As I write, my fingers light on the keyboard, I draw a sudden blank
My muse arrives, four pawed, fur coat silky to the touch
Like Calliope she approaches staring with frankness at my scribbled crank
Regardless of her harshness I welcome her presence which can be, at times, a bit much
Calliope, it’s been said of the muse, carried an assertive flair
Only the most worthy of artists could draw her favored hand
Such as it is with my black and white short-hair
Her business is her own, I gain favor only at her feline command
Who am I to have a muse such as her?
My feeble words cobbled in an unruly state
Structure aligns in the pattern of her fur
The author rises within me, articulate
A sonnet I have penned to my feline friend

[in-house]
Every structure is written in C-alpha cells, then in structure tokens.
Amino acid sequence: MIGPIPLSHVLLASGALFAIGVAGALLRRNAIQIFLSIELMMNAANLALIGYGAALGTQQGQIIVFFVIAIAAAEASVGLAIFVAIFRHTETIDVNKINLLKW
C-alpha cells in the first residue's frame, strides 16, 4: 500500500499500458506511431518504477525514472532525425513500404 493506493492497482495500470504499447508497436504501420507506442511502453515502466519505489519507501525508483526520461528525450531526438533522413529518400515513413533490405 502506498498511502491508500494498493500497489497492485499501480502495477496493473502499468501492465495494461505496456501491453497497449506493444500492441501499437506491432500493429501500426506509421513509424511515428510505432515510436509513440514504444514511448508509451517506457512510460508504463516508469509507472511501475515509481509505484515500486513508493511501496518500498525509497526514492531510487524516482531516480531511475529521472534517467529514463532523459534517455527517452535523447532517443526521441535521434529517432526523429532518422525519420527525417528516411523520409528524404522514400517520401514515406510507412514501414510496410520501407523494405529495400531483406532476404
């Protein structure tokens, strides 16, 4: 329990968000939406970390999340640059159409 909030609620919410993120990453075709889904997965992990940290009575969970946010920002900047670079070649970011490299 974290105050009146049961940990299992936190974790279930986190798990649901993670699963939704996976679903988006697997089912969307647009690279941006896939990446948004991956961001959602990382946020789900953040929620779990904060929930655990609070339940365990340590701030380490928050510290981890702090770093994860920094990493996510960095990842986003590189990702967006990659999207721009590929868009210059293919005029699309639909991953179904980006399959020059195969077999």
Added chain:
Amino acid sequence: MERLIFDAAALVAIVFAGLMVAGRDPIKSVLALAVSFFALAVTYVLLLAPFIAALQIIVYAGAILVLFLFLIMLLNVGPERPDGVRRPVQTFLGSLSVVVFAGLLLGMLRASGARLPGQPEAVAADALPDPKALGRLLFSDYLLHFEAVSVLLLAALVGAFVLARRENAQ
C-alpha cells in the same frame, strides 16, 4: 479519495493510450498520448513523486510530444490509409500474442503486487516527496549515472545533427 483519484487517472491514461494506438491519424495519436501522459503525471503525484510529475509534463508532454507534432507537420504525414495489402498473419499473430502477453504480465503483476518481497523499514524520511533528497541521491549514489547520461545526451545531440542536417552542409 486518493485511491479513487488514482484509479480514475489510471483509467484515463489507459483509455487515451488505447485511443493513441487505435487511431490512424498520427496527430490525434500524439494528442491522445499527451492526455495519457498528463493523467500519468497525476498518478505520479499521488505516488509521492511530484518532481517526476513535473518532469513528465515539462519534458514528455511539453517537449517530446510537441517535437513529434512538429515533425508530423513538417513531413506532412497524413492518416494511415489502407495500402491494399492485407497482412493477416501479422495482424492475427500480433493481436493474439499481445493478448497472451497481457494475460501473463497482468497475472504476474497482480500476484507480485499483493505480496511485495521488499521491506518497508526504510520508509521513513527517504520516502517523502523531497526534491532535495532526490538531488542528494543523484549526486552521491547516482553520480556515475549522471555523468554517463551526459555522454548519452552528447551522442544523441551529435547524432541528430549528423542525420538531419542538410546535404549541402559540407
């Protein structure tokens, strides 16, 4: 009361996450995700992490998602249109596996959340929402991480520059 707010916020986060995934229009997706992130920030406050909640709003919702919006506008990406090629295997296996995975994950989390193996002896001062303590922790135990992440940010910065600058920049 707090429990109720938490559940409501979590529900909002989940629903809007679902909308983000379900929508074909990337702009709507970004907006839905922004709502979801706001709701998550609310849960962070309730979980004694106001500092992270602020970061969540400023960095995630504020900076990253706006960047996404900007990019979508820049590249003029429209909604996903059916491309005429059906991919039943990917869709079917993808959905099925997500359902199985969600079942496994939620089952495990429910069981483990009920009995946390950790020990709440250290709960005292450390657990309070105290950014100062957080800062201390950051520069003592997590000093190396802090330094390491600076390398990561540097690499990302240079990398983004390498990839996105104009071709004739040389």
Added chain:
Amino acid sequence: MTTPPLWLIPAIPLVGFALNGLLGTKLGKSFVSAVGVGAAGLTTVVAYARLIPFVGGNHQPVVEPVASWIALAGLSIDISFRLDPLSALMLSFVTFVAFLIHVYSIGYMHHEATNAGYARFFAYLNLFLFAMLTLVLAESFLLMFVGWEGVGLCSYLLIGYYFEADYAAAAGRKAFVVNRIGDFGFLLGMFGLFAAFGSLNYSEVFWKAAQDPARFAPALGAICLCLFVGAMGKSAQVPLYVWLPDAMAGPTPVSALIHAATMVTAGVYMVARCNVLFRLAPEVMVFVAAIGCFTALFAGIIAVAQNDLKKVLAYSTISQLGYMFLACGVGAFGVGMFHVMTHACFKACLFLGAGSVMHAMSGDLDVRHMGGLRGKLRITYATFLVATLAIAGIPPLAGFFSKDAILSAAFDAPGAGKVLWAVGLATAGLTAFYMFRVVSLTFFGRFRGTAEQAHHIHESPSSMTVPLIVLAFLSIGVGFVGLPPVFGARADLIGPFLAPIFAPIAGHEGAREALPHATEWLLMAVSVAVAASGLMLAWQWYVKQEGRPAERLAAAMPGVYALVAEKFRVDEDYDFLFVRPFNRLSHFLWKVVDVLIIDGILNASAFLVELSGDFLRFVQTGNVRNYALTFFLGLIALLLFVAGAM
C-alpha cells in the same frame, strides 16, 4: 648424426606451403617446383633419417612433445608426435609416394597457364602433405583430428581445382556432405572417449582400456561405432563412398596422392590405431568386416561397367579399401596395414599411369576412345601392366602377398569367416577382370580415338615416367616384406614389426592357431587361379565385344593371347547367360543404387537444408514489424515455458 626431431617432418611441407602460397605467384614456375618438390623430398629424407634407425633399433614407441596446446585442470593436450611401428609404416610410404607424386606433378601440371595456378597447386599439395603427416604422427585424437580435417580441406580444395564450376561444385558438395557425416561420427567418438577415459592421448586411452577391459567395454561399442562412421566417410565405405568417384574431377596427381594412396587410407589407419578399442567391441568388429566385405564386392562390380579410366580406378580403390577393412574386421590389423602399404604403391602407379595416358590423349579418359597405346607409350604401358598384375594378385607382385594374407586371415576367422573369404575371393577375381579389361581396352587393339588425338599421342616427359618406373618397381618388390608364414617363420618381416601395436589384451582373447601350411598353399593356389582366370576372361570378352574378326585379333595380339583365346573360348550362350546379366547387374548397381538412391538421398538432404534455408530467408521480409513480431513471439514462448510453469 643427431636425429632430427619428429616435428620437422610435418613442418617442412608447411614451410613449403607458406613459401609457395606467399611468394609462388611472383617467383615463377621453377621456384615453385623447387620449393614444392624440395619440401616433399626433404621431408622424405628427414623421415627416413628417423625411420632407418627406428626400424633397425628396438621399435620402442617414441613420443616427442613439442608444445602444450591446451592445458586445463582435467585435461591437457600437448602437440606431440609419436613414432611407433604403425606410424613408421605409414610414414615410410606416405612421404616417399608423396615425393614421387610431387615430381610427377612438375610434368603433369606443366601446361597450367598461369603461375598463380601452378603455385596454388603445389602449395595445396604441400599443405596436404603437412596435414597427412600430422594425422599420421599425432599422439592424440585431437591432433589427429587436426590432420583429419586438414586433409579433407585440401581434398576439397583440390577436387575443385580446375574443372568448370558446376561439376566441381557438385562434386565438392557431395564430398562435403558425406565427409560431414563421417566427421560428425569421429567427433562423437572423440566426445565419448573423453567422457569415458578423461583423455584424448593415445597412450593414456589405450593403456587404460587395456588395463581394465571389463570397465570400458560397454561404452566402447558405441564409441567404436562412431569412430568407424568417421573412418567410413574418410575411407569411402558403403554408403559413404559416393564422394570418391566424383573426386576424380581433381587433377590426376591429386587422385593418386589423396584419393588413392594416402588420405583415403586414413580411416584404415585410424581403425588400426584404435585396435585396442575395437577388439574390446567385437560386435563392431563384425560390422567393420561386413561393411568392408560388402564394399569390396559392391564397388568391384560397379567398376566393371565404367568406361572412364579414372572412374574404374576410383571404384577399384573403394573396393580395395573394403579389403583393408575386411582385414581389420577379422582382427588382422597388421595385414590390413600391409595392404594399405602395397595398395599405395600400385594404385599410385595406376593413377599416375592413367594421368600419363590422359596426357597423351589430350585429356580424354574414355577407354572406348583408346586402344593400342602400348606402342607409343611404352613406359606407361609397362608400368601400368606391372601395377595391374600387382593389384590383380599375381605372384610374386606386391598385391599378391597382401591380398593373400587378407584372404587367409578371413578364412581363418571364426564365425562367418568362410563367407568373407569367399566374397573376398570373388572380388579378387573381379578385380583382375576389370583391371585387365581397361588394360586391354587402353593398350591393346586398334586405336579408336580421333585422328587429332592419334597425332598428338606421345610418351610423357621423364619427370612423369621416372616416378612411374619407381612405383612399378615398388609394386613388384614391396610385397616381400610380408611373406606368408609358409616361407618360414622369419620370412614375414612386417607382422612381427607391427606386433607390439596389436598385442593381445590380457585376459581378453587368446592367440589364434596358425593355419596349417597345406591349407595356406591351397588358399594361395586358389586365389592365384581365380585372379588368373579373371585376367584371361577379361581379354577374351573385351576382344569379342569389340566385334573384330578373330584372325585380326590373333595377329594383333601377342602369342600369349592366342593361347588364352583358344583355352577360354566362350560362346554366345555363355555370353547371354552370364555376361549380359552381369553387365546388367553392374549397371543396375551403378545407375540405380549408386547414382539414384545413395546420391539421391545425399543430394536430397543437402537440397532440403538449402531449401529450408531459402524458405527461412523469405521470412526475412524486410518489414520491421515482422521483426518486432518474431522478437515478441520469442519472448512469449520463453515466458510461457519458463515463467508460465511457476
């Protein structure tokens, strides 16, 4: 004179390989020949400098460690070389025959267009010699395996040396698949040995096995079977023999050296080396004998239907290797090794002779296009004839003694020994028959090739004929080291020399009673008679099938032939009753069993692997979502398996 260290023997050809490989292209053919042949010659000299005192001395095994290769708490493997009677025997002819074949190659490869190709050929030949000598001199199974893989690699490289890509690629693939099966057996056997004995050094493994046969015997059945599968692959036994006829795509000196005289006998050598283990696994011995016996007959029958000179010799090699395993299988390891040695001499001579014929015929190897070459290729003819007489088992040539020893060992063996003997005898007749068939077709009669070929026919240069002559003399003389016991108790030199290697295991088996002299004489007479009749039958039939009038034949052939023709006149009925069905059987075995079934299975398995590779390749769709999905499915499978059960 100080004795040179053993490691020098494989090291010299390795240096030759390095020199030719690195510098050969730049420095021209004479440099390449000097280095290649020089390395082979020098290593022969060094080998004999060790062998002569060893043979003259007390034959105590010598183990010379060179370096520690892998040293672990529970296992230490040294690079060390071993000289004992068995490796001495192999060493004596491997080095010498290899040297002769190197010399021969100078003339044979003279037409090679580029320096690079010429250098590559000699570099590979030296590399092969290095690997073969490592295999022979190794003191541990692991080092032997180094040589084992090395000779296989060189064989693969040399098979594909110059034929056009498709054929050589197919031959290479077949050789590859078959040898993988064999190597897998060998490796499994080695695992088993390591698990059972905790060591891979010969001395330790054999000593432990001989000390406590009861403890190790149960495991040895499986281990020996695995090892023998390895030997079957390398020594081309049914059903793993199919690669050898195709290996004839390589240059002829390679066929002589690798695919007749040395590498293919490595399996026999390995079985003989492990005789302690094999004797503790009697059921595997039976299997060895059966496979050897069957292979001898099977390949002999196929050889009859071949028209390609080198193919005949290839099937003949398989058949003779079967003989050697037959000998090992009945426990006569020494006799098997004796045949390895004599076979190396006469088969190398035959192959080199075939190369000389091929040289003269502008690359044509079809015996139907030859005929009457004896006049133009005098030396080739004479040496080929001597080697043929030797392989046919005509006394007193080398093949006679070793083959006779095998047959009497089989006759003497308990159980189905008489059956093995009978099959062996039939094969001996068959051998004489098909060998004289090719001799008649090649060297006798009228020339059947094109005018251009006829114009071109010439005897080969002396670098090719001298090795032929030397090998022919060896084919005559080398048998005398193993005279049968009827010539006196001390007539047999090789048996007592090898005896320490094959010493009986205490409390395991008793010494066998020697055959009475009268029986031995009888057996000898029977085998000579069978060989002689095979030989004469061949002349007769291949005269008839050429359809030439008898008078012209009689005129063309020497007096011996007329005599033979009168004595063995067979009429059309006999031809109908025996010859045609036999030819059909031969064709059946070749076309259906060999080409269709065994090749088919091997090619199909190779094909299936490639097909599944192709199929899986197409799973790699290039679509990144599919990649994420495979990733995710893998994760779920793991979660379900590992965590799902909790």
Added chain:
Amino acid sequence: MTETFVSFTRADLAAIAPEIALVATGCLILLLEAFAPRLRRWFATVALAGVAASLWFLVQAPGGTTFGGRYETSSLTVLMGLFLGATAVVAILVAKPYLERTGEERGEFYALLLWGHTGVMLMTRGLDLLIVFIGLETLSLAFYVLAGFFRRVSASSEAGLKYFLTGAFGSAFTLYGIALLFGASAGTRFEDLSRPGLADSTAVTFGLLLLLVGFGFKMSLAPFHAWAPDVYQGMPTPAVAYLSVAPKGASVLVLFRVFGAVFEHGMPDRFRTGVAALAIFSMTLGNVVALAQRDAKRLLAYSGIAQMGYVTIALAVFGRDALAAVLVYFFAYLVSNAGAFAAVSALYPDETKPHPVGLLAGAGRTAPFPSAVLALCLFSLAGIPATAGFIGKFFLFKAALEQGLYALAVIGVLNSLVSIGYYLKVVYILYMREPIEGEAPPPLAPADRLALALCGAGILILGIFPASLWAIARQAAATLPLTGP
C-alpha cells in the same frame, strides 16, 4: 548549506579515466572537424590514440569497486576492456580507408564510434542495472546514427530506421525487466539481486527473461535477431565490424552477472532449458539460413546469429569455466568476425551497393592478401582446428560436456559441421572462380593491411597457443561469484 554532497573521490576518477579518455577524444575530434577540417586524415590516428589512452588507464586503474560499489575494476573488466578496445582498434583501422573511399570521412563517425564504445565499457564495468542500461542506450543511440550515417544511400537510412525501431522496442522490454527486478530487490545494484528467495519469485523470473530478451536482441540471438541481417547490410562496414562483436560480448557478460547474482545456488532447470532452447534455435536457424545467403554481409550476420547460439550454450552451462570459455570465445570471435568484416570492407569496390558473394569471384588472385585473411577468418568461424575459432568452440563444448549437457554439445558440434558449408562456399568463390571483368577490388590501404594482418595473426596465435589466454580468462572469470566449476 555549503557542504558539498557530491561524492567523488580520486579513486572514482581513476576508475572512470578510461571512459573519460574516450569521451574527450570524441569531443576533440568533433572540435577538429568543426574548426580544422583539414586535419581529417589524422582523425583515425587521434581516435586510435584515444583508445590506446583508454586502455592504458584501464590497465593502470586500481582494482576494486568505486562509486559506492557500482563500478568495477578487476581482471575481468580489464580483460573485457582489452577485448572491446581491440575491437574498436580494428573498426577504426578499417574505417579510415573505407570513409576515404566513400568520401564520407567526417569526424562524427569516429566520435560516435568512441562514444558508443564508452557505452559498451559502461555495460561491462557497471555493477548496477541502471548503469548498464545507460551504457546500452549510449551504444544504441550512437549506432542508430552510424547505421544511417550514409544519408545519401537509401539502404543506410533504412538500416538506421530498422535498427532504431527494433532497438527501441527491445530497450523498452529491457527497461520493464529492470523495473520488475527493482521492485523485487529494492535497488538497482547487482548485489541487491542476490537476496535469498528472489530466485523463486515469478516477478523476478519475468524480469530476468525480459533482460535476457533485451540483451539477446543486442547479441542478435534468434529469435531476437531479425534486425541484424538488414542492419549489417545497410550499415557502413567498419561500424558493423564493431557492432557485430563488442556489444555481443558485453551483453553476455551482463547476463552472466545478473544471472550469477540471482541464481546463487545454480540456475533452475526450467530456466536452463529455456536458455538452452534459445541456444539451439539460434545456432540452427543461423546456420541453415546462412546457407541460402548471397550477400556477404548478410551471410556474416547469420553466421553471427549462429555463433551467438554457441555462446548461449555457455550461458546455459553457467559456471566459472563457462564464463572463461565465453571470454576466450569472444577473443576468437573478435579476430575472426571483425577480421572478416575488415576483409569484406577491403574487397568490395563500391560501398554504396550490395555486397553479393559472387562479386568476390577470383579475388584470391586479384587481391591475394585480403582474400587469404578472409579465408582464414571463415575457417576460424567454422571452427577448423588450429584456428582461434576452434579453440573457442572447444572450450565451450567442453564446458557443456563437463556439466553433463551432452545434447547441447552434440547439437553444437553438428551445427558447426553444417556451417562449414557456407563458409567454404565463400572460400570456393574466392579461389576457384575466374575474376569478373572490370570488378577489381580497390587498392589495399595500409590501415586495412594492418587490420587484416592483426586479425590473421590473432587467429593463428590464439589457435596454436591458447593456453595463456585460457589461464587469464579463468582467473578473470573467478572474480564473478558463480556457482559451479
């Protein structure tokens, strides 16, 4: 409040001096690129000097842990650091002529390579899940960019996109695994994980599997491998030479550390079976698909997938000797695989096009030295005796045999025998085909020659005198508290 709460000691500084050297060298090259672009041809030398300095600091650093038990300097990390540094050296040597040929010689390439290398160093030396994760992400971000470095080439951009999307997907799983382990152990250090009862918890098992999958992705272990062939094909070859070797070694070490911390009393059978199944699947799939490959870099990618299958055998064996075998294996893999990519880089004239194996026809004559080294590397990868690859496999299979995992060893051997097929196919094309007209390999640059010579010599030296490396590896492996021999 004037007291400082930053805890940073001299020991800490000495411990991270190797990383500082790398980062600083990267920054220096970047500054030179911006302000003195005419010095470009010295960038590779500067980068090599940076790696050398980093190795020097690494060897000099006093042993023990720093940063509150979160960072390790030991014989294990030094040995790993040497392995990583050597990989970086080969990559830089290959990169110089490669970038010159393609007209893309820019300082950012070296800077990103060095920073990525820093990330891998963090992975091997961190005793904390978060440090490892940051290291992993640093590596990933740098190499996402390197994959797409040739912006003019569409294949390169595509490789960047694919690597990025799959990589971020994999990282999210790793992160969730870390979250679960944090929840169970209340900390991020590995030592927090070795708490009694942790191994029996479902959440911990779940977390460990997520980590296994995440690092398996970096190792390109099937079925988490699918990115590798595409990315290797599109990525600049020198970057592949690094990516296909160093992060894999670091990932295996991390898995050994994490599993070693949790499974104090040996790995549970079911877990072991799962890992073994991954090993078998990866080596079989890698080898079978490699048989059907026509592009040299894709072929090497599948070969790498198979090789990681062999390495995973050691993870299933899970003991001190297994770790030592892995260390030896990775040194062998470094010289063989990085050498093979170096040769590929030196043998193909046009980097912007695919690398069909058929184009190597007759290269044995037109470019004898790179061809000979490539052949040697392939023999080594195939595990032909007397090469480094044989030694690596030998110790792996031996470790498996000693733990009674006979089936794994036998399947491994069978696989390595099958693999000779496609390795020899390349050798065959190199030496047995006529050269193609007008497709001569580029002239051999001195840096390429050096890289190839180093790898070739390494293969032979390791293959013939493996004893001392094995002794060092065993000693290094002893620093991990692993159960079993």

Calliope transcends all realms of self – creativity has no end
The Cambridge book on Opera, chapter 2 covered the first operatic forms. Greek drama. It has been thirty years since I studied any Greek drama and I had to research the origins of strophe and antistophe, ‘cause I couldn’t remember what they meant. Strophe – to turn. Antistrophe – to turn back again as in a reply to stroph. I won’t get all up in this with you as I’m pretty sure if you’re actually reading this you DON’T want me getting all up in this. The operative thing here is that diving into the structure of Greek drama brought me to an unexpected place – PROSODY!
And where has the study of prosody lead me? To the basics of literary structure, of course. And then, just as quickly, to poetry. No surprise, really. My little web log entry tonight is actually a long-winded excuse to inform you (dear reader) that I abandoned my reading of chapter 2 and took a wild ride into the study of iambs and their many cousins: anapest, dactyl, trochee and others. I studied all this in college circa 1982 but today it lives for me as something completely new. Here’s what I did with what I learned.